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Morning Sun
  • PATRICK'S PEOPLE: Pittsburg State alumna Ashley Polston is the co-owner of Odeum

  • It all started — where else? — at a restaurant. “I was at a business meeting at a restaurant one day, and I met this chef. We struck up a conversation,” said Ashley Polston, a Pittsburg State alumna and Lamar, Mo., native. That conversation quickly blossomed...
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  • It all started — where else? — at a restaurant.
    “I was at a business meeting at a restaurant one day, and I met this chef. We struck up a conversation,” said Ashley Polston, a Pittsburg State alumna and Lamar, Mo., native.
    That conversation quickly blossomed. Soon, Polston began dating that chef. Now, the two are engaged. Together, the two have opened a highly successful restaurant in Morgan Hill, Calif., about 20 minutes outside San José, Calif.
    “I do the event planning, marketing, Twitter and Facebook. He does the food side,” Polston said.
    But the chef isn’t just any chef. And Polston isn’t just any restaurant co-owner.
    Polston went to school at Pittsburg State in, of all things, justice studies. She later got her law degree at Washburn University School of Law. In fact, she interned with recently retired Judge Donald Noland.
    At one point, her travels took her to Europe as part of a professional women’s softball team that traveled the continent for a couple years. She thought she’d try her hand at being a sports/entertainment lawyer in California, but was working in below-cost fuel sales litigation before she met her future fiancé.
    That chef that she struck up a conversation with happened to be Salvatore Calisi. Calisi comes from a career in New York City, where he worked as a sous chef for such restaurateurs as Charlie Palmer at Aureole, Rocco DiSpirito at Union Pacific and under Executive Chef Scott Bryan at the three-star restaurant Veritas.
    Before he and Polston opened up Odeum, Calisi received the Michelin Star for his work as executive chef at Dio Deka in Los Gatos, Calif., an honor that a chef can take with them anywhere in the world.
    “I love food. I used to have a food blog and a travel blog,” Polston said. “I’m a big foodies. But his hours were always into the 1-2 a.m. hours. My hours were 7:30-5. We always thought it would be great to open our own restaurant. After he got the Michelin Star, we thought we could springboard that to launch our restaurant from there.”
    The two searched for a good spot for a restaurant and eventually found an old granary in Morgan Hill. Polston said the interior has a combination of rustic, brick and warm colors. The two took to it for different reasons.
    “As a New Yorker, he brought to California, he liked the industry of it, and the exposed pipes. But growing up in Missouri, I liked the silos that makes it feel like home for me,” Polston said.
    The restaurant, named Odeum, opened in the summer of 2011, and has skyrocketed from there. The pair haven’t advertised much — really only on social media — but the word of mouth has been magnificent.
    Page 2 of 2 - “People started calling in. Different newspapers started reviewing us. Soon, most of the weekends, we were sold out. It happened, and it surprised us a bit,” Polston said. “We never had a doubt. When we did this, we said we wanted to do it well. The community has really supported us.”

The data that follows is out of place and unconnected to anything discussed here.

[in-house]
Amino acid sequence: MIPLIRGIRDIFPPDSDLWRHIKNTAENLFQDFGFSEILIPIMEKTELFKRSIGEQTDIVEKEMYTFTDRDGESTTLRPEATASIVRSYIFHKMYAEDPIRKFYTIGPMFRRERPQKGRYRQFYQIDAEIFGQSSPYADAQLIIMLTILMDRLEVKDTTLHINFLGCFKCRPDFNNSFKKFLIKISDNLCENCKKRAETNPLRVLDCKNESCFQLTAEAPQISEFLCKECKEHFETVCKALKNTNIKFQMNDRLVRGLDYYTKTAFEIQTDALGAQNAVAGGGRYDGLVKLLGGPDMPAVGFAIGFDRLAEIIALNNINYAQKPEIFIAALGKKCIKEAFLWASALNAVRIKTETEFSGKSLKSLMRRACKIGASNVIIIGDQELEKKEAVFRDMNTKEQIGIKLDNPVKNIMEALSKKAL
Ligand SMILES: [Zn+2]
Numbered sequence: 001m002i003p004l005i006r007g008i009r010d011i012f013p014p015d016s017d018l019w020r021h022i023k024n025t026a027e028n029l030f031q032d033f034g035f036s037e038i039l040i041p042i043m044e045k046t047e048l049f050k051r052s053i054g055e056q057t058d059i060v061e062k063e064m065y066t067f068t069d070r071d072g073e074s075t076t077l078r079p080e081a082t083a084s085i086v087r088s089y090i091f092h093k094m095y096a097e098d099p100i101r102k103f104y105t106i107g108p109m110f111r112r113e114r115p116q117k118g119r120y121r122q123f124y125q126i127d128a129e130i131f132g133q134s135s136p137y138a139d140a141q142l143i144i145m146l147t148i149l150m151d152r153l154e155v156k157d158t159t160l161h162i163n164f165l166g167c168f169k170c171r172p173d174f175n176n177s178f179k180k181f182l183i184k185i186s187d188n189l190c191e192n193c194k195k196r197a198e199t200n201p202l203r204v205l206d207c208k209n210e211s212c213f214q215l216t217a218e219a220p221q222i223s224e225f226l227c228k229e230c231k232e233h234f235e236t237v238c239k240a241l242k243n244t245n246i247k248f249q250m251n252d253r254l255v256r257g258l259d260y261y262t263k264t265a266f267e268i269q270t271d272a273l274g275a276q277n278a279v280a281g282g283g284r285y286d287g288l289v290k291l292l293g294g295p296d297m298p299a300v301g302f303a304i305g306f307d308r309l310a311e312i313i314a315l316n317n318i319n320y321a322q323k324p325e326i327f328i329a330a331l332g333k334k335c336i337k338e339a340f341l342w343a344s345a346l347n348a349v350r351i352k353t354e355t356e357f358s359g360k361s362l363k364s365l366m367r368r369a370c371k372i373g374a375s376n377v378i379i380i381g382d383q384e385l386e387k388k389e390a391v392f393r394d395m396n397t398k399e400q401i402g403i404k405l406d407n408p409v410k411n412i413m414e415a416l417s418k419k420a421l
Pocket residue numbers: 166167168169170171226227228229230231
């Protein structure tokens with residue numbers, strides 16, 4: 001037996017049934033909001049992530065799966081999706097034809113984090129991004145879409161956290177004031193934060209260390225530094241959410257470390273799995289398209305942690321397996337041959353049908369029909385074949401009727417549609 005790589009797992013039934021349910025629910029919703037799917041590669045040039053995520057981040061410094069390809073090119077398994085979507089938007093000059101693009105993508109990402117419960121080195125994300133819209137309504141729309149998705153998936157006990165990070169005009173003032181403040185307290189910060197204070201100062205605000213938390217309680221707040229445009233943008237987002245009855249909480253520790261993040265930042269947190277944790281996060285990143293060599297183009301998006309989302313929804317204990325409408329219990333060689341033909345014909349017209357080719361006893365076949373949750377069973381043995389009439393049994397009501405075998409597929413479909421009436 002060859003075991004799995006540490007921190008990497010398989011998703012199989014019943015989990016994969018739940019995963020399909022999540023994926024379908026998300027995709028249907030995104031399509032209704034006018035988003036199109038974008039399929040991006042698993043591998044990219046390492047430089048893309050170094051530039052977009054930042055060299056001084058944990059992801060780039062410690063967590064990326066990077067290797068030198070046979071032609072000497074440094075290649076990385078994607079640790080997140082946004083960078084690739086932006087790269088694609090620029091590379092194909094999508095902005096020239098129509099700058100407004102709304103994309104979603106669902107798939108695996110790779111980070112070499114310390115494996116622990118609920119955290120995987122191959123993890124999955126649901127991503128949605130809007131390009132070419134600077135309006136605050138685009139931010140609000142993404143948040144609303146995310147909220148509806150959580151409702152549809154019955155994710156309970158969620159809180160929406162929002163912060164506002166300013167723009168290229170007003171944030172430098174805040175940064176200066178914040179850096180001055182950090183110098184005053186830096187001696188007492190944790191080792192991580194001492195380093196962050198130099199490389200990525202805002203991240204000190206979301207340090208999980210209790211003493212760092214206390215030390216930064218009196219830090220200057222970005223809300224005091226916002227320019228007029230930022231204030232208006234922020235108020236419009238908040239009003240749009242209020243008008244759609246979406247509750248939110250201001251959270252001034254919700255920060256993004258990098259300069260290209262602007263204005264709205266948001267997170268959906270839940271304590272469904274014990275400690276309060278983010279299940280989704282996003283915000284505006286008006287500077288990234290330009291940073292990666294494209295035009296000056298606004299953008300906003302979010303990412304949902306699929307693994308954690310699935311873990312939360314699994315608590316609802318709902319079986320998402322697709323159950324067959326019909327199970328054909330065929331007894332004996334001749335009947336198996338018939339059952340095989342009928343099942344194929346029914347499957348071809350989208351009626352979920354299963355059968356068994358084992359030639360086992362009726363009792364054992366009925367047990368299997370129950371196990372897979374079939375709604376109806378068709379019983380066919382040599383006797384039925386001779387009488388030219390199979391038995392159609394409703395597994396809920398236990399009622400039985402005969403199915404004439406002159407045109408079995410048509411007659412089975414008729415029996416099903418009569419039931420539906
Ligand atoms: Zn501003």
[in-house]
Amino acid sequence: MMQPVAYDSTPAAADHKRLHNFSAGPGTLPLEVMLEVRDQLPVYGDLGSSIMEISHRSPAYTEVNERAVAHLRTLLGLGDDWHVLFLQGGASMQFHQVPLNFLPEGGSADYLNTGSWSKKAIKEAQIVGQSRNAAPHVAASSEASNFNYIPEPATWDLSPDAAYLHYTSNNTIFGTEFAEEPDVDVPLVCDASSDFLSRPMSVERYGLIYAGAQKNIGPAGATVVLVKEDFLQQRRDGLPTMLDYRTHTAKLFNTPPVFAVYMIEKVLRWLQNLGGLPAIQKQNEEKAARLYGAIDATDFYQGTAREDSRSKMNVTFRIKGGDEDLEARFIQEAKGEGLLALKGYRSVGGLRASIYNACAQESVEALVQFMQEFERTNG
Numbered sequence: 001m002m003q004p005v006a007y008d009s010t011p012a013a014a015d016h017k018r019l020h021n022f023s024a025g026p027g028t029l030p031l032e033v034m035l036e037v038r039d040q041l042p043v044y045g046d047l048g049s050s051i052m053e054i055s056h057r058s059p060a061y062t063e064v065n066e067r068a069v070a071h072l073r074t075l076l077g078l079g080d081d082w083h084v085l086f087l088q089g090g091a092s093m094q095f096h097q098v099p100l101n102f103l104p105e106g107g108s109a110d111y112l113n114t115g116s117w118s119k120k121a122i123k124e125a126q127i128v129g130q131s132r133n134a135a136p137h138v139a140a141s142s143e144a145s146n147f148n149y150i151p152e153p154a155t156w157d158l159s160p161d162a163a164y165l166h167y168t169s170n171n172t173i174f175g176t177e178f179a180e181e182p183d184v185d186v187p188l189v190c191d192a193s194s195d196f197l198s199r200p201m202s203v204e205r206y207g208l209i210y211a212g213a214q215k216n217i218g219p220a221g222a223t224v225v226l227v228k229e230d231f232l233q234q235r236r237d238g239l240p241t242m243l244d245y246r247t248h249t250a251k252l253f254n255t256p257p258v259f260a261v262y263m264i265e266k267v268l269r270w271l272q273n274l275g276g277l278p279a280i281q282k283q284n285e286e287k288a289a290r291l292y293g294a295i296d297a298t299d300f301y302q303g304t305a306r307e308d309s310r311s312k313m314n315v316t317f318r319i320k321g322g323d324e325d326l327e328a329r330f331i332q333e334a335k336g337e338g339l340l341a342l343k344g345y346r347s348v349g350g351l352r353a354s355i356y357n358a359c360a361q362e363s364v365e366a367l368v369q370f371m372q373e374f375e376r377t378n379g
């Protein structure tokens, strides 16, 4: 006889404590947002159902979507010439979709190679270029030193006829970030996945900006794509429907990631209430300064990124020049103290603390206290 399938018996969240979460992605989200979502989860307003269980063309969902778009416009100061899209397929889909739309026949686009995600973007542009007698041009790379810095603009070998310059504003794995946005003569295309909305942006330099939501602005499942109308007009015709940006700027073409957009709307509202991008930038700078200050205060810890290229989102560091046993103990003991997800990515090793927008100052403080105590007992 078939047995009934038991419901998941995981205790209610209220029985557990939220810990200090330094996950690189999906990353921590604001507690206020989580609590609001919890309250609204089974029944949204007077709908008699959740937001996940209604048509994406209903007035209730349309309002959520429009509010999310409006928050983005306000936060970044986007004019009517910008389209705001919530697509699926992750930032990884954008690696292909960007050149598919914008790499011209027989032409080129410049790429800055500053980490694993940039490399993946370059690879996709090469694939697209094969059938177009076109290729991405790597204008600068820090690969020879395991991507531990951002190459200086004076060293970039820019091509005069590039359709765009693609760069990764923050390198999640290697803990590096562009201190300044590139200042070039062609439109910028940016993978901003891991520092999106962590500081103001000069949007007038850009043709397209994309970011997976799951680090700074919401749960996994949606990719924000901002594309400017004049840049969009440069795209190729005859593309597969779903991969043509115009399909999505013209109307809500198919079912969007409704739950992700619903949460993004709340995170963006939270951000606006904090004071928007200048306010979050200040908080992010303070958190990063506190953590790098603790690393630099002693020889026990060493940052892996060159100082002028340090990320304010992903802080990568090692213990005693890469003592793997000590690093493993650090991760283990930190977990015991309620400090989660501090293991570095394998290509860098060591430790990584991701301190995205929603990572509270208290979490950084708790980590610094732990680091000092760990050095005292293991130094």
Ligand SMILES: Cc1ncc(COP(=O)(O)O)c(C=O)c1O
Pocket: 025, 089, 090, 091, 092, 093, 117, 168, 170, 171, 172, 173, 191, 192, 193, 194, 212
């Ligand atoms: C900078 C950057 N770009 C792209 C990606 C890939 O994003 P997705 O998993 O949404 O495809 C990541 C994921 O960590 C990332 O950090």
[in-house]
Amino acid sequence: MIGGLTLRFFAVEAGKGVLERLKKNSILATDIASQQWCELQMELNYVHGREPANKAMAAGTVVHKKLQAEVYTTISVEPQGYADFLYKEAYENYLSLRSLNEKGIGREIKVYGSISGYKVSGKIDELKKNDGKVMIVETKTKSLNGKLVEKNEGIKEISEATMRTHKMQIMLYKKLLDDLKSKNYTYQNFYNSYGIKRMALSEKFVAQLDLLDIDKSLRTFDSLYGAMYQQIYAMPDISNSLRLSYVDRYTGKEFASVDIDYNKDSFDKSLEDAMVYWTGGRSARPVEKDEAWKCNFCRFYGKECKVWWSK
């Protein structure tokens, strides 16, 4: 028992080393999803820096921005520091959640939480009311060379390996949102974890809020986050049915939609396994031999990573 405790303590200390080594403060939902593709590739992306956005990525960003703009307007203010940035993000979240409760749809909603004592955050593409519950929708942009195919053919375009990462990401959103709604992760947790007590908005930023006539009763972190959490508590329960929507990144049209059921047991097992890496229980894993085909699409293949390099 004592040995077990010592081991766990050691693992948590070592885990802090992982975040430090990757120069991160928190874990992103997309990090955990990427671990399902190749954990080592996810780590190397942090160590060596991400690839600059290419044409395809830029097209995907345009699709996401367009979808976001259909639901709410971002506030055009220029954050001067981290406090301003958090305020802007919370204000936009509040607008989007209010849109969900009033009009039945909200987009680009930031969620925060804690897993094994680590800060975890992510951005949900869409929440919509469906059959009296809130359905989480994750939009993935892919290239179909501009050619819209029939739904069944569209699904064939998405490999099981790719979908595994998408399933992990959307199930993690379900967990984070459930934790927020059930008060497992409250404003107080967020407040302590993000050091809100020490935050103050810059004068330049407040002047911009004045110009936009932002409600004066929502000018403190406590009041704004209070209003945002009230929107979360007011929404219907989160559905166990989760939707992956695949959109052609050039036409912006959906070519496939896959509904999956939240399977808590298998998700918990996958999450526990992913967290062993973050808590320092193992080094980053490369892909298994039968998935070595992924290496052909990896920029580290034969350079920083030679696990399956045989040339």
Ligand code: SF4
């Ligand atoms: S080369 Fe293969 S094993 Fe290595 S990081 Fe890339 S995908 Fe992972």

They truly have. The restaurant has its own garden orchard, which supplies figs, plums, tomatoes, zucchini and herbs straight from garden to plate.
    Furthermore, after striking up a conversation with a customer one day, the customer mentioned that they ran Chialla Farms, which grow vegetables for, among other groups, Campbell’s Soup.
    “They invited us to their farm, and the next thing you know, they’ve set us up a strip so we can bring in fresh produce all the time, and be able to use it when things are in season. People really love that, and it’s important to them, and it’s important to us,” Polston said.
    Similar arrangements have been forged from the get-go with local wineries.
    “There was a young guy, about 30-32, and he came 11 times in the first seven days. He said he loved the place, and couldn’t get enough. He said he had a winery. His wine is now on our list. He brings every one of his clients here for meetings. Any way we can support the community, we will. We’ve put a lot of local wines on our list, and we’ll continue to do that,” she said.
    The hard work is paying off. Odeum was named 2012 Best Food in San José and Silicon Valley by OpenTable, an online food and reservation website. The first year they had only been open about six months and took eighth. Now, the restaurant has already reached No. 1.
    Polston talked about how she and Calisi look for the best of the best servers and house staff, trying to create an atmosphere where customers are known on a first-name basis, with suggestions fit to their likes and dislikes.
    While it’s busy co-owning an award-winning restaurant, Polston said she still uses her law degree as more a boutique estate planner.
    “Sometimes, the idea of creating a will is intimidating,” she said. “Instead of making people come into an office, I make house calls. That allows me to be a bit more flexible and juggle the restaurant end of it.”
    Odeum was just featured in KRON-TV 4 San Francisco’s “Dine and Dish” segment, a one-hour drive for the news station.
    “It was cool to be featured on that. They don’t pick just anybody. They pick unique and interesting places,” Polston said.
    Polston’s parents, Mike and Barb, live in Lamar, Mo.
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